Marlee Matlin is calling upon the media to improve the accessibility of its reporting in the wake of a tragic mass shooting in Maine that claimed the lives of four individuals within the Deaf community. The devastating incident, described as the deadliest mass killing in the state’s history, unfolded through two separate shootings at a bowling alley and a bar in Lewiston, Maine, on 25th of October. This tragedy resulted in the loss of at least 18 lives and left 13 others injured.
Matlin, in a statement shared on her social media accounts, expressed her deep concern about the impact of mass shootings on the Deaf community. She stated, “Mass shootings are always tragic, but this one hits particularly hard for the Deaf community everywhere. It serves as a stark reminder that no one is immune to such horrific violence when it affects a closely-knit community like ours. My heart aches for everyone involved.”
According to The Daily Moth, a total of nine Deaf individuals who had gathered at Schemengees Bar & Grill for a cornhole tournament were among the targets of the shooting. The victims who tragically lost their lives include Steven Vozzella, Bill Brackett, Bryan MacFarlane, and Joshua Seal, the latter of who served as an Deaf American Sign Language (ASL) interpreter. These four casualties have been officially confirmed by the Maine Educational Center for the Deaf.
In addition to commemorating the victims, Matlin emphasized the importance of media ensuring that the Deaf community is not left out of critical reporting and updates. She reminded broadcasters that sign language interpreters are essential for communication access and to “PLEASE do NOT cut us out of important news and information by cutting out the interpreters on screen.”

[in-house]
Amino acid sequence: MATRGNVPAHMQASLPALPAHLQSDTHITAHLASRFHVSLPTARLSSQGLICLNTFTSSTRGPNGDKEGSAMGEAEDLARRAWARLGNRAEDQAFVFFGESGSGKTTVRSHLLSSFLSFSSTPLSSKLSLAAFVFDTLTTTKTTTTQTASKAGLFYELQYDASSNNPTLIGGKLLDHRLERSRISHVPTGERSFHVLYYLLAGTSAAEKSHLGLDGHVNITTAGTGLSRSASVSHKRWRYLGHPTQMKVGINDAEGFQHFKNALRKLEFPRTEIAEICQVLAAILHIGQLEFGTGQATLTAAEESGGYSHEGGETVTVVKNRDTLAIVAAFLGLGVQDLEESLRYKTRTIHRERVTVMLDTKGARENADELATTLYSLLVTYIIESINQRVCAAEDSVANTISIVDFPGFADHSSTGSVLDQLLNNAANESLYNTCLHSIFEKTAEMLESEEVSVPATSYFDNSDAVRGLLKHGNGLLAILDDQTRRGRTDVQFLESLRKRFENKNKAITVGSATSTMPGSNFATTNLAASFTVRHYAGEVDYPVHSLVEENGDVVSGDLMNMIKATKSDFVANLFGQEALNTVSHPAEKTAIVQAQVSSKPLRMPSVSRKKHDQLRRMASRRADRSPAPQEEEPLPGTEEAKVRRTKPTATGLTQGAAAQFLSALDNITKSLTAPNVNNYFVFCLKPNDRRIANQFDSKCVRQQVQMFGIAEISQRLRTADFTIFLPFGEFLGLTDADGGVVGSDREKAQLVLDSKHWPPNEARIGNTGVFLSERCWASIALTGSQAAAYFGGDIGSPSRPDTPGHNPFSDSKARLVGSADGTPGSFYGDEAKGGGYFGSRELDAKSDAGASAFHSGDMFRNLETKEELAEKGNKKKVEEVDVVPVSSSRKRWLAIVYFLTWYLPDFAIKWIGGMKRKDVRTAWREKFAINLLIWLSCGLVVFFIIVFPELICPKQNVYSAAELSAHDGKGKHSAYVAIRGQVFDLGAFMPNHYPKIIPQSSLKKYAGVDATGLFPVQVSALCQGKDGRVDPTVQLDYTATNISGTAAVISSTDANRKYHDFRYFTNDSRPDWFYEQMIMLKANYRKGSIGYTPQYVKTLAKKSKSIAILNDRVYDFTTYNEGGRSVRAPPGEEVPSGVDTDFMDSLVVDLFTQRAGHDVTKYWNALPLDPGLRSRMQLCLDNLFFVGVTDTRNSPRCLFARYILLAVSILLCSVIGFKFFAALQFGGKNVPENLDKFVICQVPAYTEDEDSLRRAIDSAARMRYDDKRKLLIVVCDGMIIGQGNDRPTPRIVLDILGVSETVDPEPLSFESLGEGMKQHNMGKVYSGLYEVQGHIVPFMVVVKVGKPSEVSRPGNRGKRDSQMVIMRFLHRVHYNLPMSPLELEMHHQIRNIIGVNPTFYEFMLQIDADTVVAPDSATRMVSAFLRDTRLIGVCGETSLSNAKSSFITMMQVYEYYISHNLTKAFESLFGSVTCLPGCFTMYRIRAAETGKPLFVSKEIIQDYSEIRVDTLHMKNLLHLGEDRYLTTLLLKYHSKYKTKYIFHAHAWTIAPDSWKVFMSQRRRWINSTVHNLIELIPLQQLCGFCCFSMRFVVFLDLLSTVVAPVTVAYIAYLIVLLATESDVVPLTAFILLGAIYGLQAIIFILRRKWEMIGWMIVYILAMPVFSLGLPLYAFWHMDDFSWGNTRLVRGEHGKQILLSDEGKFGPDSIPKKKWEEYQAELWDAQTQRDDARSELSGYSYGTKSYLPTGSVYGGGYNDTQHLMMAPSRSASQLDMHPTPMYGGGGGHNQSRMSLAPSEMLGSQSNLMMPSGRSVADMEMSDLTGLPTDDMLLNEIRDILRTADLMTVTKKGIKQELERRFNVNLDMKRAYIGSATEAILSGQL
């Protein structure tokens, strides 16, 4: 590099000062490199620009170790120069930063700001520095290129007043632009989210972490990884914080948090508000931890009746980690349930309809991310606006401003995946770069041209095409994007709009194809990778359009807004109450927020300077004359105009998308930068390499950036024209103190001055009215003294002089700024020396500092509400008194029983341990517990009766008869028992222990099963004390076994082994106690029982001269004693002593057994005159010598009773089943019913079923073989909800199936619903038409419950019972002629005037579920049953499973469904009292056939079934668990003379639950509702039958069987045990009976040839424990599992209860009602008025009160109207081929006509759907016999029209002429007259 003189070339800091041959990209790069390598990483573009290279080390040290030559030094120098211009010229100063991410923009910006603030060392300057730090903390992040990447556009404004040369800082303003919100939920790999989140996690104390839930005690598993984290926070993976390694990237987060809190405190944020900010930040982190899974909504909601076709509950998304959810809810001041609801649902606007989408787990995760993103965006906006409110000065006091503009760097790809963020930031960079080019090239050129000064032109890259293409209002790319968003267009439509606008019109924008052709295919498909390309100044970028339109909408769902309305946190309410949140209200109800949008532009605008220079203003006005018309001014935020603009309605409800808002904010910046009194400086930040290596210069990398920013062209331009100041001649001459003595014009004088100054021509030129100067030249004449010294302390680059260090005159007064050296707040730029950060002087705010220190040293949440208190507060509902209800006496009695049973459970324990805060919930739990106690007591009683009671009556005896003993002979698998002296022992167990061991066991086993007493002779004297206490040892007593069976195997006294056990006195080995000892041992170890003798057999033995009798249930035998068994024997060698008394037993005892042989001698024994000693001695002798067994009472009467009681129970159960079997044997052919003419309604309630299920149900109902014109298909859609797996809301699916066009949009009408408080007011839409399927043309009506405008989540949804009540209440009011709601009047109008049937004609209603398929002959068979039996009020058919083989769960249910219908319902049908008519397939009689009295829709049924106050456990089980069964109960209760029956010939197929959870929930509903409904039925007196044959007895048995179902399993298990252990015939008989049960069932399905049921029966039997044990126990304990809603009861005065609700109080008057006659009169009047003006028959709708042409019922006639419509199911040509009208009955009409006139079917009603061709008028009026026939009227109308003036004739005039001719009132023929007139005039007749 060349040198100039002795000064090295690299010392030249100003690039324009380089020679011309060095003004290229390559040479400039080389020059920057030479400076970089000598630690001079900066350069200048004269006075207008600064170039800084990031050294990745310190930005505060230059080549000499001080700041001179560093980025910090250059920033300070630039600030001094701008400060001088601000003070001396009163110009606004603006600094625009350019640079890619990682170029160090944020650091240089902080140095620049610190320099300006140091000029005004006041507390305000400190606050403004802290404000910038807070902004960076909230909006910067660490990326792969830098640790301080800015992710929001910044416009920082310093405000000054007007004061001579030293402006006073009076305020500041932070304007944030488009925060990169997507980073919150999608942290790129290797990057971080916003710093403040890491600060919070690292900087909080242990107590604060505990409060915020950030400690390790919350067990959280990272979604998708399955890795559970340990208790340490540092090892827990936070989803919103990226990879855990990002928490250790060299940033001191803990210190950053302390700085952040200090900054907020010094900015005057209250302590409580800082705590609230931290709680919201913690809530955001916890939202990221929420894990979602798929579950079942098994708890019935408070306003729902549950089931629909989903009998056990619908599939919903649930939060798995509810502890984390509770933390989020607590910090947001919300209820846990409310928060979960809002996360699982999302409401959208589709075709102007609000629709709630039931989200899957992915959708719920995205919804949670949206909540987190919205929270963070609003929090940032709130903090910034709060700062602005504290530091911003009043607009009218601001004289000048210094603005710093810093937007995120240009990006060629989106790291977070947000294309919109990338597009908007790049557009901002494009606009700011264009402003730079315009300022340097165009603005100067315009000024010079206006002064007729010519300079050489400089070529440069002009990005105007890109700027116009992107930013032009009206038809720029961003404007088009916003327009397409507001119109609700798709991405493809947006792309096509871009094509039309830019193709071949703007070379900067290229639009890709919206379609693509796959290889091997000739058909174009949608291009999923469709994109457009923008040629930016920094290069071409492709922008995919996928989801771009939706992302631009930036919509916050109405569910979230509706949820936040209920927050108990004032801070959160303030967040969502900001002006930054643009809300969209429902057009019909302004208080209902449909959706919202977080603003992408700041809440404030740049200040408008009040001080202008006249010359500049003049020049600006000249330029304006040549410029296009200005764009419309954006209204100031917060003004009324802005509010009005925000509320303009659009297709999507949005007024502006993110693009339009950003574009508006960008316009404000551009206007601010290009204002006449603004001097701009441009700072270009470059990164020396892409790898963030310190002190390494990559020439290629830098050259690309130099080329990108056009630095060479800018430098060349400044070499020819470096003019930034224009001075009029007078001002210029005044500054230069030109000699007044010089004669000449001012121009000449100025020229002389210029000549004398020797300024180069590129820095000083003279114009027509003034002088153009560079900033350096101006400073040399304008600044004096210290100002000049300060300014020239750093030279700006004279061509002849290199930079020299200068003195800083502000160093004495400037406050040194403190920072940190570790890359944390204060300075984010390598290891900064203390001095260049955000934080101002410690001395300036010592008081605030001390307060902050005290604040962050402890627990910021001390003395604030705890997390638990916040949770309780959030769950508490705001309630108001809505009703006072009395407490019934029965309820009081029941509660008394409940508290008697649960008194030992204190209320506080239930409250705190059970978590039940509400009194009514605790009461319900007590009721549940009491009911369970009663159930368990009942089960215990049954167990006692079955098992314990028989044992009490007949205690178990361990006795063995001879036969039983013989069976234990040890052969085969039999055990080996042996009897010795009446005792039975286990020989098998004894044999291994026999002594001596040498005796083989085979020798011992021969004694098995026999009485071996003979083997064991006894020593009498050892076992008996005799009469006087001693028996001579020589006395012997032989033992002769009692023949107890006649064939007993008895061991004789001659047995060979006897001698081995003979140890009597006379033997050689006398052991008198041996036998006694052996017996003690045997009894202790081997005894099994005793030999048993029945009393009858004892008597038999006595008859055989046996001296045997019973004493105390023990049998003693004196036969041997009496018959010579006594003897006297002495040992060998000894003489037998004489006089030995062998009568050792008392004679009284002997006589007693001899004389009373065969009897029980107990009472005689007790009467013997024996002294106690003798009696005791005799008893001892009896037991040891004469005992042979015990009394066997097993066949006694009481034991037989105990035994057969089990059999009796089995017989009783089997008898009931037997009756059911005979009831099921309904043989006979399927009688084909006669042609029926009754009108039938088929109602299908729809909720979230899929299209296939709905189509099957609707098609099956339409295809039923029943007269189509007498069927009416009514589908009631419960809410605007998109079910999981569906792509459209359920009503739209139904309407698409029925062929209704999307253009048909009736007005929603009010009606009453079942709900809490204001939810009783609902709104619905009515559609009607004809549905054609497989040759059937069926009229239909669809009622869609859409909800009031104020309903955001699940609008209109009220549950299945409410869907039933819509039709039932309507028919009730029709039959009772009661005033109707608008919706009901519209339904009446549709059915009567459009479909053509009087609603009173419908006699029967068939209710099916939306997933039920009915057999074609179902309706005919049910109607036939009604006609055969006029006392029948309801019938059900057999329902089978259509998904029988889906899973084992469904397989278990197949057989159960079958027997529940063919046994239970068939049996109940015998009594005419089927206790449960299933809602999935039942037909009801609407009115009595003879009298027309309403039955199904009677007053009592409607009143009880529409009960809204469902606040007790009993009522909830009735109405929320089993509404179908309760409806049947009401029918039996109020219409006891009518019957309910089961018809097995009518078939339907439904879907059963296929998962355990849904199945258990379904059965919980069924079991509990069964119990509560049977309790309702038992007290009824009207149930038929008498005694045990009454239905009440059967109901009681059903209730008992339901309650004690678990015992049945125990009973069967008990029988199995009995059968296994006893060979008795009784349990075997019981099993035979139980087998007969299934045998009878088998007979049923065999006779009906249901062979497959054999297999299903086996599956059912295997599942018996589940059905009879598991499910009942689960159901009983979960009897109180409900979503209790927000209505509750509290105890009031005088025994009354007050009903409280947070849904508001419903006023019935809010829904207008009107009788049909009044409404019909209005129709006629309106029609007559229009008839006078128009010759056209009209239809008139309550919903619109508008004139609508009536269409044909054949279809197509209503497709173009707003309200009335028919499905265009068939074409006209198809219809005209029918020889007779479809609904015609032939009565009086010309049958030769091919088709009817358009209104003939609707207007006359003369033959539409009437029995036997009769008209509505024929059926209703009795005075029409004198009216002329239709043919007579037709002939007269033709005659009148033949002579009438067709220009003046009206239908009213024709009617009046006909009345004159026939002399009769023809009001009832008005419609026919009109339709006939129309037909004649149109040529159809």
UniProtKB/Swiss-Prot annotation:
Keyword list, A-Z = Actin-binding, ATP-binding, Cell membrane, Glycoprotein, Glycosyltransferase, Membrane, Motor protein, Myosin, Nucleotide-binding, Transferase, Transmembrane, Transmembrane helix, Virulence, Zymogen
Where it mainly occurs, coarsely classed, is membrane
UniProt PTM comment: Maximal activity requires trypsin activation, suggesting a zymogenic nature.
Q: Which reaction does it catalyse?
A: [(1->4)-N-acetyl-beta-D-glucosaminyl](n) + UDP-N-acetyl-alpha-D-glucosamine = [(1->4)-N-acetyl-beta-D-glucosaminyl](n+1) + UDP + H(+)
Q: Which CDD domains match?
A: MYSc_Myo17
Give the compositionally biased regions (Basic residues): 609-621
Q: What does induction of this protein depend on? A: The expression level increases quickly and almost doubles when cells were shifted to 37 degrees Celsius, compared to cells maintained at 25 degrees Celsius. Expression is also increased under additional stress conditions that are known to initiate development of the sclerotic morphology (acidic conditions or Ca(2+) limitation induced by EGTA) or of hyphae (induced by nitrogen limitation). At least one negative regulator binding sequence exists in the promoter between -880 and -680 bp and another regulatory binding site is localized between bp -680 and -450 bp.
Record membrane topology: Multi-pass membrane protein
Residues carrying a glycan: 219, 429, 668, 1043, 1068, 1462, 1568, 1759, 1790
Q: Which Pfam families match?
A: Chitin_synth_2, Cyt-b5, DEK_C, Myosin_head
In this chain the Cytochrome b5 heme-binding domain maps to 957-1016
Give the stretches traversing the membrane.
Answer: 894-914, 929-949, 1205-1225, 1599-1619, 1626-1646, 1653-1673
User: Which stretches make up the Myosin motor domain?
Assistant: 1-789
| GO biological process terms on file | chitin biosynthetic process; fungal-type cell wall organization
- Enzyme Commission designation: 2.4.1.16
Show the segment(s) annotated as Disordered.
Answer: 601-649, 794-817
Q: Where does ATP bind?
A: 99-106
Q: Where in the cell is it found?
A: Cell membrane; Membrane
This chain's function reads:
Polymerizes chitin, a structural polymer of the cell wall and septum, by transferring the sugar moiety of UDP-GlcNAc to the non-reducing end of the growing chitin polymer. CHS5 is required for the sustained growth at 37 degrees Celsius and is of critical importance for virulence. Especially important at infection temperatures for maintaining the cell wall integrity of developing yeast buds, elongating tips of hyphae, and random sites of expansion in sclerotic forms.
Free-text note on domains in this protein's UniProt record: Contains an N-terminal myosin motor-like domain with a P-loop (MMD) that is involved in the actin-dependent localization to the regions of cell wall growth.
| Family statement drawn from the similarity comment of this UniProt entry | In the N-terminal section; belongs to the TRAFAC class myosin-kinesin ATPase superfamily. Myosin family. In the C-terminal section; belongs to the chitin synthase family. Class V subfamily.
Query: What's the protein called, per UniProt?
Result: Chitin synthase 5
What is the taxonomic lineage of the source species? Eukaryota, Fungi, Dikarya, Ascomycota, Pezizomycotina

In response to the tragedy, the Maine Deaf community organized a virtual candlelight vigil on the 27th of October, with over 160 participants on Zoom. During the event, individuals took turns to express their grief and trauma caused by the tragic event. They also emphasized the importance of standing together, offering support, and reinforcing their sense of community solidarity.
For those in need of mental and emotional support during this challenging time, there are resources available. You can reach out to the 988 Suicide and Crisis Lifeline, which you can contact through videophone or by texting 988. Additionally, National Deaf Therapy is offering resources and free services to individuals in Maine. The National Association of the Deaf (NAD) and the Maine Association of the Deaf (MeAD) stand ready to provide support as well. Deaf Counseling Center is another source of support and guidance.
Furthermore, Inclusive Communication Services (ICS) is at your service to provide captions and incorporate sign language translations into any video content, fulfilling Matlin’s call to provide accessibility for the Deaf community. Our heartfelt condolences go out to the Deaf community of Maine during this difficult time.